A woman exercises, checks her phone, and stands triumphantly around a large floating smartphone with a blood glucose chart app on it.

How Using a Diabetes App Boosted My Confidence

When I was diagnosed with type 2 diabetes, my A1C was over 13! Over the next 18 months, I managed to bring it down nearly by half. What helped me get there? It was a simple diabetes app.

How I learned to track my diabetes numbers

At my diabetes diagnosis, I was given a glucose meter, metformin, and a basic class on diabetes management. Pretty standard stuff.

But in those early days, I learned one really helpful strategy for learning about how my diabetes works: testing in pairs. And I had a simple logging app to keep track of all my numbers.

Step 1: Testing in pairs

Testing in pairs is checking your glucose levels before doing an activity (like eating a meal or exercising) and checking again afterward. The testing in pairs method will show how your body responds to each activity.

You can answer questions like:

  • Do your glucose levels shoot up after oatmeal for breakfast? How about after bacon and eggs?
  • What do your glucose levels do after a yoga session? A run? A walk?

Testing in pairs provides a way to learn and track patterns. Over time I could see which meals were and weren't so diabetes-friendly. I could determine that an hour of walking on one day still impacted my glucose levels the next day.

Step 2: Using a simple diabetes tracking app

Using a simple diabetes app to record my glucose readings helped me capture all that data in one place. And the app did the math to show me the changes in my glucose readings. It calculated my daily averages and deviation for my readings. It kept track of if and when I had a hyper- or hypo-blood sugar reading. Once I entered enough data, the app calculated my estimated A1C.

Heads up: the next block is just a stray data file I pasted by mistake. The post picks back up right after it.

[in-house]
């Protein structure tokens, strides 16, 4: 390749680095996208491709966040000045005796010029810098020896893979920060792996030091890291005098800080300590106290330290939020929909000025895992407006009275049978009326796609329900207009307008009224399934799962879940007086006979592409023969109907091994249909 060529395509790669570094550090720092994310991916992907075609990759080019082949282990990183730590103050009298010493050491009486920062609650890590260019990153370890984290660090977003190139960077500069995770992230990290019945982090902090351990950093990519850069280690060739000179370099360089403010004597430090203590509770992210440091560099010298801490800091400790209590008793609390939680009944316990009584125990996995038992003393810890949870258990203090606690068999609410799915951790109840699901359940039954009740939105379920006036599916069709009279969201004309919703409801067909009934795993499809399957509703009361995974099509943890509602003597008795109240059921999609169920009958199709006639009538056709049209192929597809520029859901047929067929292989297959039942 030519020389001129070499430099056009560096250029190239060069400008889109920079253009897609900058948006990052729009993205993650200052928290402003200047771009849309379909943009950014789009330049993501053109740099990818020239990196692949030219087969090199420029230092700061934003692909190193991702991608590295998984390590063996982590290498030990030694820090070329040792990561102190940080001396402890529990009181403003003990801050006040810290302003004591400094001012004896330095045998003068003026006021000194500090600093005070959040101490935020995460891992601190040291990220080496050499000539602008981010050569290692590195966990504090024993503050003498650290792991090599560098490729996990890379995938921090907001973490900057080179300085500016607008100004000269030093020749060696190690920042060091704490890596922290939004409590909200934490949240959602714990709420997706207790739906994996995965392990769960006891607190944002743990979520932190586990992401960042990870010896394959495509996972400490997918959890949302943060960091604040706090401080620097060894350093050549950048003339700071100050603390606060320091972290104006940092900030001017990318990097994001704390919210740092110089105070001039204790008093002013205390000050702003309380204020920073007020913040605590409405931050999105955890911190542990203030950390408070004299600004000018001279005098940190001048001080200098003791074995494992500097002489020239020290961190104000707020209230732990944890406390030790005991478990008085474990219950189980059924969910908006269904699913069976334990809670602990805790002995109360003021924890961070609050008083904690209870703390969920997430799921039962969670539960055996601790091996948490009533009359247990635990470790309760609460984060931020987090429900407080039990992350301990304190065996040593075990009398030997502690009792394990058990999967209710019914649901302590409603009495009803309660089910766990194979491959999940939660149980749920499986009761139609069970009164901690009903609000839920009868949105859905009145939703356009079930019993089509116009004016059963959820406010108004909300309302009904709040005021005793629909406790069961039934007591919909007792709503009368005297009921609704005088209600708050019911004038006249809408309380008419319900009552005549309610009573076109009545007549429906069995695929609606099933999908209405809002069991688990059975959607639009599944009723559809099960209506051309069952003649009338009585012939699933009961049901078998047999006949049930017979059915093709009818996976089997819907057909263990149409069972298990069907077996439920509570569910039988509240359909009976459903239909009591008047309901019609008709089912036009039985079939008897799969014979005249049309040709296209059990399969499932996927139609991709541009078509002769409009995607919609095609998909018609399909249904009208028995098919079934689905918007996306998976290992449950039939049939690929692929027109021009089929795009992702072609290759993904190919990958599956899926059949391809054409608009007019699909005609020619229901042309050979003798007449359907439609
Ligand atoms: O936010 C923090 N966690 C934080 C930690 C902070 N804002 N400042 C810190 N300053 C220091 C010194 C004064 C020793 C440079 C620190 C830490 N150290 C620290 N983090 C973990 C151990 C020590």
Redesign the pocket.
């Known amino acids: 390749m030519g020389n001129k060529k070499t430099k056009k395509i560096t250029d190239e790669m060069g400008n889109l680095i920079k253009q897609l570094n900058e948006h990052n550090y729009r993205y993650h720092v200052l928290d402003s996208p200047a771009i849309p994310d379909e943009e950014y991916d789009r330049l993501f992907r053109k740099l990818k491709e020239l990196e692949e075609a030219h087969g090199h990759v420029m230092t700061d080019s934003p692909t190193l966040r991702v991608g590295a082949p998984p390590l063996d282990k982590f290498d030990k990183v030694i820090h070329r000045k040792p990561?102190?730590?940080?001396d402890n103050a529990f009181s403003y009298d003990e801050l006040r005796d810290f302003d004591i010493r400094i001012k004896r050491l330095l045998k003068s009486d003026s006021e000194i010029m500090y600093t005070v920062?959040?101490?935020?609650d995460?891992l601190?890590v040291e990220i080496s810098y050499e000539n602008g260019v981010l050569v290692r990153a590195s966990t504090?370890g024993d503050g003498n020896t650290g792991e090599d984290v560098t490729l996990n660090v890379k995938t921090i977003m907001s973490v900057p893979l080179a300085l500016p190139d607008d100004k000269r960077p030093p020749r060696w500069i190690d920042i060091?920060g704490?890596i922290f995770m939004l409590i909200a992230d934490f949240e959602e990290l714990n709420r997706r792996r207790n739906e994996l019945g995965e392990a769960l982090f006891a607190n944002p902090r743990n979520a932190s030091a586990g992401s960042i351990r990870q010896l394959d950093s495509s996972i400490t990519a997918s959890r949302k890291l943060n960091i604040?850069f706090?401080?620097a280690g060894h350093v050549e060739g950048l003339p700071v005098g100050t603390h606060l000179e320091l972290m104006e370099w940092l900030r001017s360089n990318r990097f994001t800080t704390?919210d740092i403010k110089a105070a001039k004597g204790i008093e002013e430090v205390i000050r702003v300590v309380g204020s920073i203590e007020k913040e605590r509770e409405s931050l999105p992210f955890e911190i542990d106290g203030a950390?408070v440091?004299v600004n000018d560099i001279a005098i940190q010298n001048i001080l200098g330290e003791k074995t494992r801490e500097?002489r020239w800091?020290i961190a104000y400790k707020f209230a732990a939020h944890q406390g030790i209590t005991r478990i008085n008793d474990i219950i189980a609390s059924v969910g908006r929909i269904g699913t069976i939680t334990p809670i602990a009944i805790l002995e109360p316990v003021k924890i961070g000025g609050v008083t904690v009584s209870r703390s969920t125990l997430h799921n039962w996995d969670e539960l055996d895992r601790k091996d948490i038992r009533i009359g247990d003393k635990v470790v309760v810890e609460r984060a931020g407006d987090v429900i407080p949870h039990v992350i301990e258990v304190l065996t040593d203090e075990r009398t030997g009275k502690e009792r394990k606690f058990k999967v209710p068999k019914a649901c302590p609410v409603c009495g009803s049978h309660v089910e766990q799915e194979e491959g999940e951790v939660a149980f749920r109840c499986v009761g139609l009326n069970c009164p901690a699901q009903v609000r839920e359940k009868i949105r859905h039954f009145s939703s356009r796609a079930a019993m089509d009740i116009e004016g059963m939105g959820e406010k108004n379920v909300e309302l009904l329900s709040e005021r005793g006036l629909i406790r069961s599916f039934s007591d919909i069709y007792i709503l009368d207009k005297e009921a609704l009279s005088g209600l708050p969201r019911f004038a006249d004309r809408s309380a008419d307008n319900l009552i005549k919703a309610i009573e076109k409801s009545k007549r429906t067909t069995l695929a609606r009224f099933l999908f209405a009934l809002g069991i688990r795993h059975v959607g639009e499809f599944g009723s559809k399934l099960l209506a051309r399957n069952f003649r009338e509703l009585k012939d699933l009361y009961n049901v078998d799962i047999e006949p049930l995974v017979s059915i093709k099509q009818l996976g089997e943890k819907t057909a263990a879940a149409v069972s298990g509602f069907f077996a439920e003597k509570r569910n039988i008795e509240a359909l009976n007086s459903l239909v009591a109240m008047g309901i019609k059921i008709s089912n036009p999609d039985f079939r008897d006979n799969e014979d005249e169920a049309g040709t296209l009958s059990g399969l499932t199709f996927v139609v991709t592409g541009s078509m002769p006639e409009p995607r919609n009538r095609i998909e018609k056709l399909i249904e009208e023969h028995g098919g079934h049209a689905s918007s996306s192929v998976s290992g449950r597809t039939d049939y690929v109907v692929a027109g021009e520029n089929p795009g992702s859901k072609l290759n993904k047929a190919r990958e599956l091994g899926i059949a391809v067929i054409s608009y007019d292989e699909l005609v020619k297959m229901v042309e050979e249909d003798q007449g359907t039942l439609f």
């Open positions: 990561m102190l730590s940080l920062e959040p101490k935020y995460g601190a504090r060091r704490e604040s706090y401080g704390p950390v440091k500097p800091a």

The app also allowed me to record my medications, meals, and exercise. That gave me more data to examine when I tried to make sense of my numbers.

Gaining a better understanding of my body

With this extra info, the app made it easier to understand what was going on when my glucose quickly increased. I could dig deeper to see what I was up to when it happened. Patterns became clear.

Maybe it was time to make that flavored coffee I didn't give a second thought to into a "special treat." Was that short 15-minute walk in the evening "worth it" for impacting my glucose levels?

My simple diabetes app made answering these questions easier. And with these questions answered, I could make informed choices about how to manage my diabetes.

Result: I gained more confidence

As I became more familiar with how my glucose levels responded to my meals and exercise, I also grew more confident in my ability to manage my diabetes.

When my glucose levels went high, I knew what I could do to bring them back down based on what had worked for me before.

When I had a particularly "bad" day or week, I understood how little impact that had on my numbers for the month or quarter.

Knowing these things helped me stay calm and carry on when my diabetes wasn't going the way I wanted. And having all this data at hand let me know when I needed to talk to my healthcare provider about what wasn't working and when I needed to make some changes.

Reflecting on being newly diagnosed

The diabetes app I used when I was diagnosed was simple by today's technology standards. Basically, it was a log on my phone instead of on paper.

It didn't offer any advice or calculate insulin doses. But it did help me learn the mechanics of managing my diabetes. And more importantly, it gave me insight that helped build my confidence in how well I can manage my diabetes. In the dozen years since managing my diabetes using an app, I've kept my A1C in the single digits.

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This article represents the opinions, thoughts, and experiences of the author; none of this content has been paid for by any advertiser. The Type2Diabetes.com team does not recommend or endorse any products or treatments discussed herein. Learn more about how we maintain editorial integrity here.

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